Oklahoma City is an interesting discussion.....it previously was too small to be a peer city, but it is rapidly becoming a peer.

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I would expand beyond just Austin and Charlotte. I would definitely include Louisville and Indianapolis. Both are similarly sized (Louisville a little smaller, Indy a little bigger), and both are merged county-city governments. Their growth rates are slower than Nashville, but still healthy. I also get a similar "feel" when driving through or visiting these cities that I get in Nashville.

I think Birmingham and Memphis could both previously be considered peer cities, but I think Nashville has essentially passed them in the last decade and "moved on" to the next league in terms of competitors. I've lived in Memphis and strongly considered moving to Birmingham this instead of Nashville. Both seem to be stuck in terms of economic growth and population growth, and both have very large poverty stricken areas that cause their economic impacts to be much smaller than their population would indicate.

Oklahoma City is an interesting discussion.....it previously was too small to be a peer city, but it is rapidly becoming a peer.

Yeah, I'd definitely not include Memphis. It may be competing with Nashville, but I just don't get the vibe that Nashville really even notices it (except for maybe issues raised by Memphis in state government), let alone thinks of them it a competitor.

Louisville is a good one that's been left off though. Spent a day there last summer and what little of the city I saw definitely reminded me of a smaller, ever-so-slightly less vibrant, Nashville.

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I wouldn't consider OKC a peer of Nashville. It's a nice enough city, and it is definitely doing some nice things. But just because they steal (yes, steal) a pro sports franchise and build a new skyscraper doesn't suddenly put them into a new level of metropolis in my opinion. Nothing against them, and I'm not saying Nashville is light years ahead by any means, but if OKC wasn't a peer city five years ago, it's not a peer now either just because of a new skyscraper and Kevin Durant.

I guess this is pretty subjective, but at least in my mind I organize some of the cities mentioned like this:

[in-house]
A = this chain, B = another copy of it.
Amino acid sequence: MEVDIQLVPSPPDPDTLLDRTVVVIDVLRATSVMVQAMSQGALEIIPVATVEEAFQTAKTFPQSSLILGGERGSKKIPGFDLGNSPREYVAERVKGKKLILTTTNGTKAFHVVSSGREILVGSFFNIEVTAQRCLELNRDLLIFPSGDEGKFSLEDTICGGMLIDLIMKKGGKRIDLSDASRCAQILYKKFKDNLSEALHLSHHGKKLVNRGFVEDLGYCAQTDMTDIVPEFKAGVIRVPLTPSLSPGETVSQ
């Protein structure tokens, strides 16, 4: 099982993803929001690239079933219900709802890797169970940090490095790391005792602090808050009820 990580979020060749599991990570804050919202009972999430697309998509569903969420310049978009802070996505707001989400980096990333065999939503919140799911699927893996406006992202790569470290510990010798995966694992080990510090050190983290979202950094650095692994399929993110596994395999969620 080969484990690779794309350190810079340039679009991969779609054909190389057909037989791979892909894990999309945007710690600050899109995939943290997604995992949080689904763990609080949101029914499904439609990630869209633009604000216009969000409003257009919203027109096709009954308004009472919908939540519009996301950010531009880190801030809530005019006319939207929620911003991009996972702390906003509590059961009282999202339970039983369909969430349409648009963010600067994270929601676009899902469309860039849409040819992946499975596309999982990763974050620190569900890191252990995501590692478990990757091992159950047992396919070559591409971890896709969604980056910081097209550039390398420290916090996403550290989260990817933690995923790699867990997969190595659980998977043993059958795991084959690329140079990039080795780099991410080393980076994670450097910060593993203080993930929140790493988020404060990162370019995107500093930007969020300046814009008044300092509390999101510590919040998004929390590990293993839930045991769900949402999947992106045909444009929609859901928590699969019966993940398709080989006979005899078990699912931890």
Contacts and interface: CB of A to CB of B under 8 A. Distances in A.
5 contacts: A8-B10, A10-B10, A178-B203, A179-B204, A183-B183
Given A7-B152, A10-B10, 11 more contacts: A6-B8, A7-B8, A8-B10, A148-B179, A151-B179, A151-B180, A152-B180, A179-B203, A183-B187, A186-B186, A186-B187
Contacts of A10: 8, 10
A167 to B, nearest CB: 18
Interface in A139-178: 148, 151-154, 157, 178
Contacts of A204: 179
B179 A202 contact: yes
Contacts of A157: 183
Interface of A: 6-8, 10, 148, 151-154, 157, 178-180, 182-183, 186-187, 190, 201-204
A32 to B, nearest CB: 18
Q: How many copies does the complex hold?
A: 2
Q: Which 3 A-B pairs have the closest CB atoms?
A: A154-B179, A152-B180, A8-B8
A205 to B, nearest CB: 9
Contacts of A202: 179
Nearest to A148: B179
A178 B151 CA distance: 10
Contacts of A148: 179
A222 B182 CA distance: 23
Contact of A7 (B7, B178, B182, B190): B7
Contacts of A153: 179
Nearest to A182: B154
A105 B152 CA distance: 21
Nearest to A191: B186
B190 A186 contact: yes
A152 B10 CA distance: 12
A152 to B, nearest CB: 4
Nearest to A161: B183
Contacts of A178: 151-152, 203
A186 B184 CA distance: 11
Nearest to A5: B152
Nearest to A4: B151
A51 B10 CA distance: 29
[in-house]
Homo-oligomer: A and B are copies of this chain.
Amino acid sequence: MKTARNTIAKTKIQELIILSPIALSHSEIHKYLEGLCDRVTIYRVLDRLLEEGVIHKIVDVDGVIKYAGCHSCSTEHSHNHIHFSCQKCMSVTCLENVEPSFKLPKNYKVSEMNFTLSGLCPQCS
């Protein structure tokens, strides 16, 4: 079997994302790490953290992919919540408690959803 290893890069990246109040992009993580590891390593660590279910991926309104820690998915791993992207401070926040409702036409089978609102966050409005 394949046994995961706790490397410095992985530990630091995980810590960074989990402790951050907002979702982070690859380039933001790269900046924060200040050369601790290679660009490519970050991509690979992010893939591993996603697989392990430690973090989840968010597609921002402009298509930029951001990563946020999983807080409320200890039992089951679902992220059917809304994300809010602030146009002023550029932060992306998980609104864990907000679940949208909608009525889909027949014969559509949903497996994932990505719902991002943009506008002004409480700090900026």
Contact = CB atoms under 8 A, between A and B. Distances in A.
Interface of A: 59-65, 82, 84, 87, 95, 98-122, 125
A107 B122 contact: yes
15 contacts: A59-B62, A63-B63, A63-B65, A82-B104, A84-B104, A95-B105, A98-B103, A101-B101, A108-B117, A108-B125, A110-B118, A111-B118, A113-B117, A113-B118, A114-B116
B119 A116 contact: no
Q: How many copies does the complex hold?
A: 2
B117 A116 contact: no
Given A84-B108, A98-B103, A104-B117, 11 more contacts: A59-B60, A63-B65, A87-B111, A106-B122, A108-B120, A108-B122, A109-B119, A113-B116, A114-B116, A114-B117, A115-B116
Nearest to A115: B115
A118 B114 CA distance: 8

Charlotte

Pittsburgh

Cincinnati

Orlando

Milwaukee

Nashville

Austin

Norfolk/VA Beach

Indy

Columbus

Memphis

Raleigh/Durham

Louisville

OKC

Birmingham

Richmond

Winston Salem/Greensboro

Knoxville

Omaha

Edited by BnaBreaker

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I didn't mention OKC because of said Thunder and Devon Energy Center, and anyone who uses that as a basis is a moron really. OKC is a peer city now because they've vaulted onto the scene like McKayla Maroney did in the women's team finals. The amount of urban development going on, while mostly low to mid-rise is astounding and really meshing neighborhoods back together. Downtown is undergoing a massive streets revamping, light rail is on the way, and companies are flocking to the city left, right, and sideways. OKC is becoming an energy, biotech, medical, and aviation center as it has a low cost of living, very good commute times to any parts of town, and a very friendly environment.

What OKC truly lacks that we've got is a large tourism economy, and that's truly about it. OKC years ago was all about energy and it almost completely collapsed in the 80s/early 90s, as it did in Texas as well. OKC has done an amazing job revamping and diversifying its economy and the accolades have been non-stop for over 5 years. Devon Energy Center is just a huge monument to what has come with all this new investment, people want to live there. Just like us, don't the size of the city fool you, it's actualy fairly compact overall when compared to the 600+ square miles within the municipal boundaries it has in Oklahoma, Canadian, Cleveland, & Pottwatomie Counties.